The Charlie Chan Chanthology


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Rating: Not Rated

Sidney Toler as Charlie Chan
Mantan Moreland as Birmingham Brown, Chauffeur
Benson Fong as Tommie Chan, #3 Son
Edwin Luke as Eddie Chan
Marianne Quon as Iris Chan #2 Daughter
Arthur Loft as Inspector Jones
George J. Lewis as Paul Arranto
Gwen Kenyon as Inez Arranto
Gene Roth as Luis Philipe Vega/Philip Von Vega
Muni Seroff as Peter Laska

Special Features:

Other Info:
Mono Sound
English, French and Spanish Subtitles
Running Times: The Secret Service – 65 minutes / The Chinese Cat – 65 minutes / The Jade Mask – 66 minutes / Meeting at Midnight – 65 minutes / The Scarlet Clue – 65 minutes / The Shanghai Cobra – 64 minutes

The Charlie Chan Chanthology is a six DVD set featuring the long running character in his films from 1944 to 1945. These episodes star Sidney Toler as Charlie Chan:

Charlie Chan in The Secret Service – The Secret Service enlists Charlie to catch a killer and stop a deadly device from falling into the wrong hands.

The Chinese Cat – When cutthroat gem thieves try to steal a wealth of diamonds hidden in a porcelain Chinese cat, Charlie is on the trail!

The Jade Mask – Charlie finds himself at odds with the family of a murdered scientist as he attempts to find who among them is a killer!

Meeting at Midnight – Charlie investigates a group of spiritualists, illusionists and hypnotists who specialize in séances… and dabble in murder!

The Scarlet Clue – This thrilling whodunit pits Charlie against a murderous thief out to steal top-secret radar plans!

The Shanghai Cobra – Charlie faces off against an escaped con from Shanghai who’s been killing his victims with cobra venom!

None of these films are rated.

The Movie:
Before viewing these DVD’s, I was certainly aware of whom Charlie Chan was, but my knowledge of the character was limited. I knew Chan was played by a white guy, he was in a series of old movies, and that my in-laws had a Chinese pug named Charlie and a cat named Number One, but that was about it. In doing research for this review, I was surprised to find out that there were probably more Charlie Chan movies from the 1930’s and 40’s than there have been James Bond films. However, it’s probably the racist aspect of the films that kept the character from enduring like other major film characters.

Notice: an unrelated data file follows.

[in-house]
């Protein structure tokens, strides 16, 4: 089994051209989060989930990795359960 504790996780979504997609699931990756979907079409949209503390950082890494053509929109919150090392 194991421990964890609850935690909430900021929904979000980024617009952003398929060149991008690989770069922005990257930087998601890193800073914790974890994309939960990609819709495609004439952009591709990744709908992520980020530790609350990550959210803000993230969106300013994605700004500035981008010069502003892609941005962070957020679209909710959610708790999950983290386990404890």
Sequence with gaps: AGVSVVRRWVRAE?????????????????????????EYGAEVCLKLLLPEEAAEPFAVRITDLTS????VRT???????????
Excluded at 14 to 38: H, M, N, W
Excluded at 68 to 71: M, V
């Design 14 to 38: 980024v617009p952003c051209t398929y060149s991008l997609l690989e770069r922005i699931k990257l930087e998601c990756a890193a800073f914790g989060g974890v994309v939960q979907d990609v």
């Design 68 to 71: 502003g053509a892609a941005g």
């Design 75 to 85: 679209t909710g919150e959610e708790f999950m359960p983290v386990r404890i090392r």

The makers of this DVD set face that controversy straight on. Every single case has the following “disclaimer” on it:

“Fact From The Vault: Created in a time when casting Caucasians in minority roles was considered acceptable, the Charlie Chan films continue to spark debate to this day.”

Charlie was portrayed by various actors, but these particular films feature him played by Sidney Toler. He’s obviously a white guy made up to look like an Asian, a fact even more glaringly obvious when he’s in scenes with his children who are portrayed by real Asian actors and actresses. Toler plays Chan with broken English. You can debate whether or not it’s an accurate portrayal of real Chinese, but the fact remains that it becomes exceedingly annoying as the film progresses. Chan is a well educated, intelligent individual, so it doesn’t fit his character to speak so poorly. But Chan isn’t the only racist stereotype in the films. There’s also Mantan Moreland as Birmingham Brown. Fortunately, he’s not played by a white guy in blackface, but everything else about him is stereotypical. He does everything but call Charlie “massa”.

But if you put everything else about the portrayal of Chan aside, he is an interesting character. Charlie is a classic mystery solver and he’s shown in a wide variety of different situations. From WWII Nazi spy hunter to hoax buster, he has quite a broad range of adventures. He typically has humorous comments about the characters around him and he speaks in lines that sound like they came from fortune cookies. His sly sense of humor also helps make him a bit more endearing despite his other shortcomings. And the fact that audiences from the 30’s and 40’s would accept an Asian crime fighting character in a major role is, I suppose, one positive thing about the films.

The mysteries themselves are generally far fetched and a bit simplistic, but no more so that your typical Scooby-Doo episode. I think mystery fans will enjoy the films quite a bit. They are certainly not for all audiences, but I believe film buffs will get a kick out of seeing these cinematic snapshots from our past.

The Extras:
There are no extras included on these DVDs.

The Bottom Line:
This collection is for film buffs and mystery fans only. Everyone else will probably be turned off by the stereotypical characters.